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The Hollywood Insider: 'Spartacus' loses lead

Andy Whitfield departs the Starz gladiator series, and Ed Burns goes digital

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TV
Spartacus actor faces struggle, as does series
Starz’s cult hit Spartacus: Blood and Sand is grappling with last week’s bad news that star Andy Whitfield, 36, must resume ”aggressive” treatment for a recurrence of non-Hodgkins lymphoma and would not be able to reprise the title role in the drama’s second season. ”It’s with a deep sense of disappointment that I must step aside from such an exceptional project as Spartacus,” the North Wales-born actor said in a statement. ”It seems that it is time for myself and my family to embark on another extraordinary journey.” The second season wasn’t set to bow until September 2011, but it’s unclear how Starz will proceed on Spartacus, which averaged 1.2 million viewers during its first 13 episodes — a formidable performance for a network that reaches only about 17 million homes. For now, the pay net will air a six-part prequel, Spartacus: Gods of the Arena, in January that will feature series stars Lucy Lawless and John Hannah, with a brief appearance by Whitfield. ”Right now, we just want to extend our concern and support to Andy and his family,” says Carmi Zlotnik, managing director at Starz Media. ”We will address our programming plans at some later date.”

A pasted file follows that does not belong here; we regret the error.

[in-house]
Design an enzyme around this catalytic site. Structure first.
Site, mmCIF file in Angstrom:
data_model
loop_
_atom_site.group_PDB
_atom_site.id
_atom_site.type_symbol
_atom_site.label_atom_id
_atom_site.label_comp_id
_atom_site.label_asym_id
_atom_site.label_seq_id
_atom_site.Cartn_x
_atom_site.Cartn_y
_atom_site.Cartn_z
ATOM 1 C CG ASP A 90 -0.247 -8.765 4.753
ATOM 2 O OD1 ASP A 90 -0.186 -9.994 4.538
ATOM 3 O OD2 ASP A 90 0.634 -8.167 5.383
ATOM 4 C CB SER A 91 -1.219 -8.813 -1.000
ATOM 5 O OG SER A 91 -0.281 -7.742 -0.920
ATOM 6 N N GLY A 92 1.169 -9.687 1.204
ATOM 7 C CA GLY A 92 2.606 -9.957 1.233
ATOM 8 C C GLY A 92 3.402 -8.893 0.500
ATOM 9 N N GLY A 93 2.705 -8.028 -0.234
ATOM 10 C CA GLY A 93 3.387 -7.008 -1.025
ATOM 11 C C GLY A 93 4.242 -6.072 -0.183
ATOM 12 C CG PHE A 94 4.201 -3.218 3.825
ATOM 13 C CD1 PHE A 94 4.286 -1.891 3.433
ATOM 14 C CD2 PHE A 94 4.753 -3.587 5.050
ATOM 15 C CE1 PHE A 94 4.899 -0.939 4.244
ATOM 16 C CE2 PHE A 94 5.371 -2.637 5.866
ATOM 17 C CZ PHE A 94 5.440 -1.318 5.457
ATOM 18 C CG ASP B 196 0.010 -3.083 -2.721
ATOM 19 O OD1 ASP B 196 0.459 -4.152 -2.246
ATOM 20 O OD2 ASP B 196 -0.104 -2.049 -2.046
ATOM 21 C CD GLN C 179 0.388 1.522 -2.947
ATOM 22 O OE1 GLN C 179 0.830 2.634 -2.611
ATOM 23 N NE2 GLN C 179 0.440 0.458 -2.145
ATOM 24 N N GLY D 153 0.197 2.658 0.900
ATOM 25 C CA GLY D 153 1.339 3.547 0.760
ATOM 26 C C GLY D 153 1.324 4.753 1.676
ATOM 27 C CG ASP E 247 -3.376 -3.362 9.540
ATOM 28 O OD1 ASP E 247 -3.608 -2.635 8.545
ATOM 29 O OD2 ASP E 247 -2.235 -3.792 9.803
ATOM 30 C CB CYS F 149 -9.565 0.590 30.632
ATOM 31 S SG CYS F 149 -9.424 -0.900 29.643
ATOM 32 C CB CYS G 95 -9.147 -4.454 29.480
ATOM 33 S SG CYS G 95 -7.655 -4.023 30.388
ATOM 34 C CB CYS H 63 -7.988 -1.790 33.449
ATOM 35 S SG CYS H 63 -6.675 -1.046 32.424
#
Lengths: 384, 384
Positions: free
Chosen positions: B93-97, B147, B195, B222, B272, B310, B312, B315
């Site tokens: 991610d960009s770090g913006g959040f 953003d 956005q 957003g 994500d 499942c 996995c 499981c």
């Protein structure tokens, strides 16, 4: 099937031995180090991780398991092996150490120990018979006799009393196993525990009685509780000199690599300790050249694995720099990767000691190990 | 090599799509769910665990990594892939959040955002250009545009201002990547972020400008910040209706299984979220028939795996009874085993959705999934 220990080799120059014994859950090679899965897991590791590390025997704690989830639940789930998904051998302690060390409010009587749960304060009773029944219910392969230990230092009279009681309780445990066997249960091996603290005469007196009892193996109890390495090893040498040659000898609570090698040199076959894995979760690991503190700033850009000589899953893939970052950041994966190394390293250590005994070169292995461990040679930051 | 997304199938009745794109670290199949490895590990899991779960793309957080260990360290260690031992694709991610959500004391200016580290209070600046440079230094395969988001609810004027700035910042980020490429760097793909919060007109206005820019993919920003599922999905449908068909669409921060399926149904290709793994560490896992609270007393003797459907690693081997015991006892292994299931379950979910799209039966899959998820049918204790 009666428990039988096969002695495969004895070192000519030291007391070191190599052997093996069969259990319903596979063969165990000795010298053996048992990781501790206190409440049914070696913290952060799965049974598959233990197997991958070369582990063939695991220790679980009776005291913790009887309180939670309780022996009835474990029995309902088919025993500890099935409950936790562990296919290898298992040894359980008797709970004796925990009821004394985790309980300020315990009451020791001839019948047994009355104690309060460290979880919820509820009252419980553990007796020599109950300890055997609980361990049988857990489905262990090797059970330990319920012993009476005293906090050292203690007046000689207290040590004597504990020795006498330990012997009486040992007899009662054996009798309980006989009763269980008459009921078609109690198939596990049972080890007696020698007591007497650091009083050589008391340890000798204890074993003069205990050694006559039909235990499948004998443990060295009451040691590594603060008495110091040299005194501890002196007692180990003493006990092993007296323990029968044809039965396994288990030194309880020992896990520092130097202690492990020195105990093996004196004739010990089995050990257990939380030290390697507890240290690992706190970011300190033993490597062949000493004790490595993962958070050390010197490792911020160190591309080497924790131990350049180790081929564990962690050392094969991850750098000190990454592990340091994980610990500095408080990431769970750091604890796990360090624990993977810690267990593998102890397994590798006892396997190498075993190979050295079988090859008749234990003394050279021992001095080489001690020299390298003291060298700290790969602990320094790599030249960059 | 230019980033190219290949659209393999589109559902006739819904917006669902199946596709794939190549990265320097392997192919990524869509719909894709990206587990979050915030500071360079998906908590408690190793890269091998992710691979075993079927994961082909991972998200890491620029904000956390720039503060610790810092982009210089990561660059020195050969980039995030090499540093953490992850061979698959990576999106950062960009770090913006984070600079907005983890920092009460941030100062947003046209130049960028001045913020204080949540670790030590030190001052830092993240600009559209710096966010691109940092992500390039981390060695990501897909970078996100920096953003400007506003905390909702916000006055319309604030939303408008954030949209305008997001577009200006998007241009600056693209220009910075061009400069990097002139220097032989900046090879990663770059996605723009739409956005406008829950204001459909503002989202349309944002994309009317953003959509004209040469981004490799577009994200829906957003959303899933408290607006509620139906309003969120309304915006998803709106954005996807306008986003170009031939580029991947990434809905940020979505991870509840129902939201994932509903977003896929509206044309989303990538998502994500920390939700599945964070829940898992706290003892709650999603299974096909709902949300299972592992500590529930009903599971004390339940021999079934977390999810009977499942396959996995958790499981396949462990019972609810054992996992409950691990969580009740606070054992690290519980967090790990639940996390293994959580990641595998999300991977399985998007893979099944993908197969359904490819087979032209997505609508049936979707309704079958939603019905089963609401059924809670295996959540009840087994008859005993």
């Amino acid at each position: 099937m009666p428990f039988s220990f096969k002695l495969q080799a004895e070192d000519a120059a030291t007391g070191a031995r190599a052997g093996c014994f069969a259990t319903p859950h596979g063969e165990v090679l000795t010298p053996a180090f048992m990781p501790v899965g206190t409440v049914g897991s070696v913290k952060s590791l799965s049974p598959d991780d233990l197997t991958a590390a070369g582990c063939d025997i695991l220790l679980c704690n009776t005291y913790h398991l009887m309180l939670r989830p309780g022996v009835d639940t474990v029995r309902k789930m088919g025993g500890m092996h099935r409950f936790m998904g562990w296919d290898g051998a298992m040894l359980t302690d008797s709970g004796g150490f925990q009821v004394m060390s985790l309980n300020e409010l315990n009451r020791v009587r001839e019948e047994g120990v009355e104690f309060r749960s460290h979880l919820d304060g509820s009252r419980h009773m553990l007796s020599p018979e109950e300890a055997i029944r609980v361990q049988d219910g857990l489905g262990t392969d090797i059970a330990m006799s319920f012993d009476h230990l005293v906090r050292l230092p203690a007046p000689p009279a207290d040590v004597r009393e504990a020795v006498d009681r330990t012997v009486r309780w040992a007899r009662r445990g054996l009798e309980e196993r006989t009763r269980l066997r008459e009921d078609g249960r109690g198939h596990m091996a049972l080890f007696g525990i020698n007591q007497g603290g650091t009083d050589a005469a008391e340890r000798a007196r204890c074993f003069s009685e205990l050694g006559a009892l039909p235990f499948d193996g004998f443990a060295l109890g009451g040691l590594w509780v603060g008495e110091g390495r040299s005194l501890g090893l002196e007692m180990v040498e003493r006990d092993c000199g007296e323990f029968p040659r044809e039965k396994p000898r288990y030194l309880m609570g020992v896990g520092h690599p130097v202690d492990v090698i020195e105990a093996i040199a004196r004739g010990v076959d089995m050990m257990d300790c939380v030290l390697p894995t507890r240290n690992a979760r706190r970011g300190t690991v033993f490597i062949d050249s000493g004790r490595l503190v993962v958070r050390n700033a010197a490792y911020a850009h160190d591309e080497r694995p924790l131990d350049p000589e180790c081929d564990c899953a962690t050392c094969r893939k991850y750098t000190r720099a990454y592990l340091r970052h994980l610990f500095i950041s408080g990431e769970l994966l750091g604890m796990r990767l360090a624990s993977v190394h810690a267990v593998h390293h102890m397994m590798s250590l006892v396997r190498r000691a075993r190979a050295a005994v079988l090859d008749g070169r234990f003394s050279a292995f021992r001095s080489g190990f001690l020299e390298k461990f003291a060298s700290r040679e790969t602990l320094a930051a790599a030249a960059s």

Lynette Rice

MOVIES
Ed Burns looks beyond theaters for indie cinema’s future
Actor-director Ed Burns‘ next movie, Nice Guy Johnny, won’t be playing in theaters. Instead, the coming-of-age drama is premiering Oct. 26 on Comcast On Demand. The move makes sense: Burns, 42, has already pioneered alternative distribution with his 2007 drama Purple Violets, the first-ever straight-to-iTunes release. (While his first film, 1995’s The Brothers McMullen, made $10.4 million at the box office, his last theatrical release, 2006’s The Groomsmen, earned only $128,000.) He says he was approached by traditional distributors for Johnny, but they just couldn’t match the potential audience of video on demand. ”The number-one complaint from my fans is my movies don’t come near where they live,” he says. ”When Comcast said there was access to 20 million subscribers in 22 markets, it was a no-brainer.”
Nicole Sperling

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